I normally love the public radio program “Marketplace” and have listened to it (on radio or as a podcast) for 15 years or so.
Yes, many factories have been shut down in China, which disrupts global supply chains. However, if you're a company that decided to move all of your production to China (to then ship out to customers around the world), that wasn't a “Lean” strategy.
It's really difficult to support “just in time” delivery over such long distances. If it were a “Lean” approach to move all of your production to China, then Toyota would have done that. But, Toyota didn't.
Toyota has increasingly built assembly capacity around the world to be CLOSER to their customers.
When Toyota built a factory in Texas (to build pick up trucks… close to a large number of customers), they didn't have suppliers in Texas. So, to support “just in time,” Toyota has many suppliers right on site there in San Antonio. If we're copying or emulating Toyota, we'd do things like that instead of shipping production off to China.
But Marketplace gets their headline wrong. It should read something like:
China offshoring manufacturing model challenged by COVID-19
The article also unfairly piles on:
“At issue here is a global manufacturing model that focuses on low costs and lean inventory at every step in the chain, a model where all the parts arrive at the plant just in time.“
“Lean” inventory levels require frequent deliveries from nearby suppliers. Again, not shipments from halfway around the world.
“The just-in-time model comes from Toyota, which in the '70s started having car parts arrive at the plant at the moment of assembly.”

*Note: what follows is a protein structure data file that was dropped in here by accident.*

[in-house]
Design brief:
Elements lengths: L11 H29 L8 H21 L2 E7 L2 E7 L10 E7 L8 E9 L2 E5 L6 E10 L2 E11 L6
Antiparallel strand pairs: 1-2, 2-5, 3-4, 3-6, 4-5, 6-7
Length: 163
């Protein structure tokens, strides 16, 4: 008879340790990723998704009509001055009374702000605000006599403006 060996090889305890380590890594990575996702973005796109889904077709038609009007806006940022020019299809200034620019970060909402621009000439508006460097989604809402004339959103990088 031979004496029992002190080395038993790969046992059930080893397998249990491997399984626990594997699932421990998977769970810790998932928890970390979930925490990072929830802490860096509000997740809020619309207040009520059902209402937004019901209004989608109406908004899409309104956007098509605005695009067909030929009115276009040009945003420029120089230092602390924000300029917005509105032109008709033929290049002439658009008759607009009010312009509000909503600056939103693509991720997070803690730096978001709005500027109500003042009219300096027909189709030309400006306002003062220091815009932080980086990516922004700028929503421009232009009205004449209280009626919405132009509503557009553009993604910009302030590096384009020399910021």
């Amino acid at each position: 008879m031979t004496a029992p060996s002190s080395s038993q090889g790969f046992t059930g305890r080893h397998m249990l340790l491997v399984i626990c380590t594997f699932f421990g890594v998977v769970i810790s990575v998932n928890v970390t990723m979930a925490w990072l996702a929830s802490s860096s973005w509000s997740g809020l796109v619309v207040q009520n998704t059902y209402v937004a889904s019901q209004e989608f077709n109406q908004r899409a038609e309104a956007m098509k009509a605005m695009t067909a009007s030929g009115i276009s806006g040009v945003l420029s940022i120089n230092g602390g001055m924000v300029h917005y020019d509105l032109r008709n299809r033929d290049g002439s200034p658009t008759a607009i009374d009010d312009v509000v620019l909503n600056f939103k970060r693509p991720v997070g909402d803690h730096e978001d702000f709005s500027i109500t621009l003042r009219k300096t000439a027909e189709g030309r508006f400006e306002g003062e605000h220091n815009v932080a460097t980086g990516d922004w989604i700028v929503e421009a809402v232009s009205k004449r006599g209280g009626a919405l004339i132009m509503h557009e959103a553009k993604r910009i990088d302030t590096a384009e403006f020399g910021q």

But again, the problems that Marketplace is reporting on are NOT driven by a Toyota model. The problems are driven by a lowest-piece-price strategy that leads to LONG distances. That's not JIT.
An economist said:
“Purchasing managers are intensely measured on how low their costs are. So that doesn't leave a lot of room to spend extra money because there might be some contingency in which everything falls apart,” Helper said.”
You can't blame purchasing managers. They are part of a system and it's a systemic problem if senior executive policies are driving them to make decisions that don't take risks into account. Going for the lowest piece price, no matter what, seems like a suboptimizing and short-term-focused strategy.
Remember Point #1 of “The Toyota Way“:
“Base your management decisions on a long-term philosophy, even at the expense of short-term financial goals.“
Consolidating all production in a single plant, in any country, introduces all sorts of risks, ranging from the geopolitical to things like tornadoes and earthquakes. And, if you want to hold a lot of inventory in an attempt to buffer against said risk, there's also a risk that the warehouse full of parts gets hit by a natural disaster as well.
The economist again says:
“This time around, she thinks the pain of overreliance on Chinese suppliers could speed up change to make supply chains more visible and bring back some redundancies and slack that the just-in-time model shaved away a generation ago.”
The pain being felt now is NOT the fault of just-in-time — the cause is more accurately described as “overreliance on Chinese suppliers.”
If you're going to blame “just-in-time,” it again might be more accurate to blame the misguided combination of attempted JIT with an overreliance on a single supplier that's half a world away.
Will companies learn from that? Or will they learn that JIT is bad and they should have more “slack” (meaning inventory) in the future???post a comment and join the discussion. Subscribe to get notified about posts via email daily or weekly.